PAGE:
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Malmö police appeal for witnesses after city’s first deadly shooting of 2019

Police are appealing for witnesses after the first fatal shooting of the year in Malmö.

Malmö police appeal for witnesses after city's first deadly shooting of 2019
Police are investigating the shooting in central Malmö. Photo: Johan Nilsson/TT

The man was shot dead in the early hours of Thursday outside a parking garage at the Triangeln area in central Malmö, a square regularly patrolled by police as part of a clamp-down on drug trade.

Police officers had been in the area just half an hour before the murder to check people and cars at the scene. Security camera footage has also been secured and the investigation is under way.

“We have a decent idea of the turn of events with the help of the cameras, but we still need help with witness observations,” Andy Roberts, head of the Malmö North local police force, told TT.


Police forensic teams on the scene on Thursday. Photo: Johan Nilsson/TT

The incident is the first shooting with a fatal outcome in Malmö this year, a city where 12 people were shot dead last year and which regularly hits Swedish headlines in relation to gang crime.

Police would not say what motive they suspect lies behind Thursday's murder.

“This person was known to us, but was not a person of special focus,” said Roberts.

A number of people have been questioned in connection with the shooting, but by Friday morning police had not reported any arrests made over the murder itself.

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CRIME

Swedish Green leader: ‘Easter riots nothing to do with religion or ethnicity’

The riots that rocked Swedish cities over the Easter holidays were nothing to do with religion or ethnicity, but instead come down to class, the joint leader of Sweden's Green Party has told The Local in an interview.

Swedish Green leader: 'Easter riots nothing to do with religion or ethnicity'

Ahead of a visit to the school in Rosengård that was damaged in the rioting, Märta Stenevi said that neither the Danish extremist Rasmus Paludan, who provoked the riots by burning copies of the Koran, nor those who rioted, injuring 104 policemen, were ultimately motivated by religion.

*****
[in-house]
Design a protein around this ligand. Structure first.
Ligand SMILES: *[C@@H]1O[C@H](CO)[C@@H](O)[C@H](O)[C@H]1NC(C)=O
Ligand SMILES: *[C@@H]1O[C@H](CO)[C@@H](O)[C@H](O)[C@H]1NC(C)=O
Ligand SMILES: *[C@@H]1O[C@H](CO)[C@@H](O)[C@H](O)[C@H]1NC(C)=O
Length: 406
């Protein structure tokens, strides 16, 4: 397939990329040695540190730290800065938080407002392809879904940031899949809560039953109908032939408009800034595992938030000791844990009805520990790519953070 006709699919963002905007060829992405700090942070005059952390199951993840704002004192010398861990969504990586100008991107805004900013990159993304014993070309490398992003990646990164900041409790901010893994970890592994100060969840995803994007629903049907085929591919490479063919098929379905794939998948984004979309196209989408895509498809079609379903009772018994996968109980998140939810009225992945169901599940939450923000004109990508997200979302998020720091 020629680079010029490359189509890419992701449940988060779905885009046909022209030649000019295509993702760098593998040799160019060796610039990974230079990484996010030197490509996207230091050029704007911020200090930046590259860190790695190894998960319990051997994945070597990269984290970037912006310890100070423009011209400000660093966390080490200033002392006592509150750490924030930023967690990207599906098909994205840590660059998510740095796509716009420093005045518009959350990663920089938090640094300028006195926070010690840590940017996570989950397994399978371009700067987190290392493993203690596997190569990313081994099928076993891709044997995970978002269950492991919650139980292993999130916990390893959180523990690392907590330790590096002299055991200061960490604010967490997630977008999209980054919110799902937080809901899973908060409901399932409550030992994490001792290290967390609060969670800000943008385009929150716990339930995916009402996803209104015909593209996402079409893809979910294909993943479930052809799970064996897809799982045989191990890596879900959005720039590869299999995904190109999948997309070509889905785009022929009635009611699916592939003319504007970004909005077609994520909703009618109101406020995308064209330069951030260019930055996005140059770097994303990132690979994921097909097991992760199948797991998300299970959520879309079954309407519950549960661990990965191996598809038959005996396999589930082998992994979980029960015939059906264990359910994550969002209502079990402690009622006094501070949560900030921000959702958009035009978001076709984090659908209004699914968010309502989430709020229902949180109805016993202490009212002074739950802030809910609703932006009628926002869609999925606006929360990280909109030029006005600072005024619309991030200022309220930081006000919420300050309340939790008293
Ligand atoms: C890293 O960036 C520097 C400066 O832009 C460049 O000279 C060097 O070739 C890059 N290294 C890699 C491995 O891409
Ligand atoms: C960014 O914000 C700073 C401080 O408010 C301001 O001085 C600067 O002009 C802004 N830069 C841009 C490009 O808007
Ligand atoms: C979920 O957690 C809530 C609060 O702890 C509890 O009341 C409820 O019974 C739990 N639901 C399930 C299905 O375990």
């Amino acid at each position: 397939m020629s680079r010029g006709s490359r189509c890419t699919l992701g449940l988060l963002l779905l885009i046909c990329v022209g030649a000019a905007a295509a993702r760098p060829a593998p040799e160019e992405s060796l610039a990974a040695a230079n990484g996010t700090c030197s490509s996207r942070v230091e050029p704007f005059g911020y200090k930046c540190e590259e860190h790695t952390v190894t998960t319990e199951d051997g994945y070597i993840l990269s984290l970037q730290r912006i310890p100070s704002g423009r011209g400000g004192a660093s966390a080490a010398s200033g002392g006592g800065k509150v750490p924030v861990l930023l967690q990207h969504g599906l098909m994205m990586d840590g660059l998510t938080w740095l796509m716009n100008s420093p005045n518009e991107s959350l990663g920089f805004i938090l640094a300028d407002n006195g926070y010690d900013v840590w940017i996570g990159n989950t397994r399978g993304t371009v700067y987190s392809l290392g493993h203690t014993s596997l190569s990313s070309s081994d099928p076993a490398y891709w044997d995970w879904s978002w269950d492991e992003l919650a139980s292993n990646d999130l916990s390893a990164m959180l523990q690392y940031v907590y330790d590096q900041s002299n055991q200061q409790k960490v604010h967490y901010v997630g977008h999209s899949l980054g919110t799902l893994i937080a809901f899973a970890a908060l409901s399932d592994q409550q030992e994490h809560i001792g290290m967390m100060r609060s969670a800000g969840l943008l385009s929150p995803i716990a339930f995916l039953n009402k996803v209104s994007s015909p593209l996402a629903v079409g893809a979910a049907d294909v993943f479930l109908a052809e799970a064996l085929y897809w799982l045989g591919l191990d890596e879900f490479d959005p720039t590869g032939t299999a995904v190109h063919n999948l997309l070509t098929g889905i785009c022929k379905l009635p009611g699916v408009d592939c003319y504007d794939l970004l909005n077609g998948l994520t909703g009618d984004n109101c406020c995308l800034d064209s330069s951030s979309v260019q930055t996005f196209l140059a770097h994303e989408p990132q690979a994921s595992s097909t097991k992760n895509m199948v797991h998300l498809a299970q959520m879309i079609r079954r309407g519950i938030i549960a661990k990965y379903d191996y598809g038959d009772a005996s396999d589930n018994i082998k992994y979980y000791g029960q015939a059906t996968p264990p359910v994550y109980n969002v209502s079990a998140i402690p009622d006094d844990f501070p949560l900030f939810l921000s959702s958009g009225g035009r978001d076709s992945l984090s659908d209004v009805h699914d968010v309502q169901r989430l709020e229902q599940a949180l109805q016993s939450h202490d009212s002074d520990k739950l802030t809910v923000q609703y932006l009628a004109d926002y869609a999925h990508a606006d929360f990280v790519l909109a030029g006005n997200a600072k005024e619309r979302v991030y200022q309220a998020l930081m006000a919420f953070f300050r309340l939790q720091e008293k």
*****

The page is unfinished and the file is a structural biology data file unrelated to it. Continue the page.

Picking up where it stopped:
“His demonstration had nothing to do with religion or with Islam. It has everything to do with being a right extremist and trying to to raise a lot of conflict between groups in Sweden,” she said of Paludan’s protests. 

“On the other side, the police have now stated that there were a lot of connections to organised crime and gangs, who see this as an opportunity to raise hell within their communities.”

Riots broke out in the Swedish cities of Malmö, Stockholm, Norrköping, Linköping and Landskrona over the Easter holidays as a result of Paludan’s tour of the cities, which saw him burn multiple copies of the Koran, the holy book of Islam. 

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More than 100 police officers were injured in the riots, sparking debates about hate-crime legislation and about law and order. 

According to Stenevi, the real cause of the disorder is the way inequality has increased in Sweden in recent decades. 

“If you have big chasms between the rich people and poor people in a country, you will also have a social upheaval and social disturbance. This is well-documented all across the world,” she says. 
 
“What we have done for the past three decades in Sweden is to create a wider and wider gap between those who have a lot and those who have nothing.” 

 
The worst way of reacting to the riots, she argues, is that of Sweden’s right-wing parties. 
 
“You cannot do it by punishment, by adding to the sense of outsider status, you have to start working on actually including people, and that happens through old-fashioned things such as education, and a proper minimum income, to lift people out of their poverty, not to keep them there.”

This, she says, is “ridiculous”, when the long-term solution lies in doing what Sweden did to end extreme inequality at the start of the 20th century, when it created the socialist folkhem, or “people’s home”. 

“It’s easy to forget that 100 to 150 years ago, Sweden was a developing country, with a huge class of poor people with no education whatsoever. And we did this huge lift of a whole nation. And we can do this again,” she says. “But it needs resources, it needs political will.” 
 
 
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